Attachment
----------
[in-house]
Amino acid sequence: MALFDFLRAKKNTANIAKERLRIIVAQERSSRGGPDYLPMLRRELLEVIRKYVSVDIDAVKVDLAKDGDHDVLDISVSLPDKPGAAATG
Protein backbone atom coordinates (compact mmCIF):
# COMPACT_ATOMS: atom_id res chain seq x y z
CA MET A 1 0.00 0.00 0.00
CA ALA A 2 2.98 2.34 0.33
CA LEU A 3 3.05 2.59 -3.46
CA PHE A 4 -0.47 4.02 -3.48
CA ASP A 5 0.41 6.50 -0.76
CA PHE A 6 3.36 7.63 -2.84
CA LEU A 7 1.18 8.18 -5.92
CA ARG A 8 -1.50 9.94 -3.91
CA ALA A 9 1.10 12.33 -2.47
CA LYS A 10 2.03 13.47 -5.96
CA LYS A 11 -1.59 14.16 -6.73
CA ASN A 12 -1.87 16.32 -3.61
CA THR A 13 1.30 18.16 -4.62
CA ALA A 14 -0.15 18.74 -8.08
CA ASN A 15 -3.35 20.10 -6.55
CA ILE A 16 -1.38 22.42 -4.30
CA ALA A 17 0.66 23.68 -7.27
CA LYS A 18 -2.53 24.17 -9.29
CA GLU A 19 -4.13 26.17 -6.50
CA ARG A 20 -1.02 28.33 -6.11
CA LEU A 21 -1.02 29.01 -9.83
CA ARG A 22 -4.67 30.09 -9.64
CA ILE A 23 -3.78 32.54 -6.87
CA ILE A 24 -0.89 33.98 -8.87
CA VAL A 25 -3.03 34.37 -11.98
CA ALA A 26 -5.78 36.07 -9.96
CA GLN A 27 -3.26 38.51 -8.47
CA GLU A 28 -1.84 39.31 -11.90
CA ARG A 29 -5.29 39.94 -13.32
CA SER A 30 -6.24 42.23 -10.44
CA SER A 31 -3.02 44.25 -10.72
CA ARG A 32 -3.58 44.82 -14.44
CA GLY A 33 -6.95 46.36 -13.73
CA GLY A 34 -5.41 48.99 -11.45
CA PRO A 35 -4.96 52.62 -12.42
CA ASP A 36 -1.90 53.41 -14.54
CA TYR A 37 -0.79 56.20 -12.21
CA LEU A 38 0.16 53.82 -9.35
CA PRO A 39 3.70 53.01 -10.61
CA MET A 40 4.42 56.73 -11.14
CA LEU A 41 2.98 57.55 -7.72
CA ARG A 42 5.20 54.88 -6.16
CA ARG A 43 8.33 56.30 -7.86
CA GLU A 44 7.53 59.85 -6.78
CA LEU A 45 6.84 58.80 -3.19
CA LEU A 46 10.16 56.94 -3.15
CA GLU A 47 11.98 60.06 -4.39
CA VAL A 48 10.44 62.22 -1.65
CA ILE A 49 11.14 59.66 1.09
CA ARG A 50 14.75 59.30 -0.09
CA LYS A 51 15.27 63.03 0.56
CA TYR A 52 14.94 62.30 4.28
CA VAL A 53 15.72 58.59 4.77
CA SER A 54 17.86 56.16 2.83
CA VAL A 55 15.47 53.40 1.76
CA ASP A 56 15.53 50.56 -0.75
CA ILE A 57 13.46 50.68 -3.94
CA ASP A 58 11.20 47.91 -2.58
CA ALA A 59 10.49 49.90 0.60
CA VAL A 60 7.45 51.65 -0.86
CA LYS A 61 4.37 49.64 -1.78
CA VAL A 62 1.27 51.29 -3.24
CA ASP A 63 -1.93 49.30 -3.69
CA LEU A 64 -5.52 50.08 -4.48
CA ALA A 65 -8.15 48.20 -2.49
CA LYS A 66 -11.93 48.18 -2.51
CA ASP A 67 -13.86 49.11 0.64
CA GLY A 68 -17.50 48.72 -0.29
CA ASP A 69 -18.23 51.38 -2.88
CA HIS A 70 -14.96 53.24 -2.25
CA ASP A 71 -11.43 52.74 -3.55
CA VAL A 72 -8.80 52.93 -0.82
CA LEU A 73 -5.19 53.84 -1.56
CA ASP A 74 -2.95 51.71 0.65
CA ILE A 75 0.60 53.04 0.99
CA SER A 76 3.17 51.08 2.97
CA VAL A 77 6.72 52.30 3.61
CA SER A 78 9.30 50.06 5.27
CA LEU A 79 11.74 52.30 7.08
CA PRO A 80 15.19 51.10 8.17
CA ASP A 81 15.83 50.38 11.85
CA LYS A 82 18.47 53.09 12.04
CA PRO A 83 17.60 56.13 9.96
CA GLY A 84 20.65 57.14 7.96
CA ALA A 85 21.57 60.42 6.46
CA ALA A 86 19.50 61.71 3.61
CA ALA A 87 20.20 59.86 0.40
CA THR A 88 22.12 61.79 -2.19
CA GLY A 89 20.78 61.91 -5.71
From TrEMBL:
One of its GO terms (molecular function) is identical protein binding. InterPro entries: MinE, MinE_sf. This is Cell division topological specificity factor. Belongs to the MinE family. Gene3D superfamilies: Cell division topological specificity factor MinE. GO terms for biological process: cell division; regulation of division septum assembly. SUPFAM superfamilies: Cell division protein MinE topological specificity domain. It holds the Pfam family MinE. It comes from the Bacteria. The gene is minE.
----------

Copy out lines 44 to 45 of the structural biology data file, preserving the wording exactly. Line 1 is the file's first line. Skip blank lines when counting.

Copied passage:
CA MET A 40 4.42 56.73 -11.14
CA LEU A 41 2.98 57.55 -7.72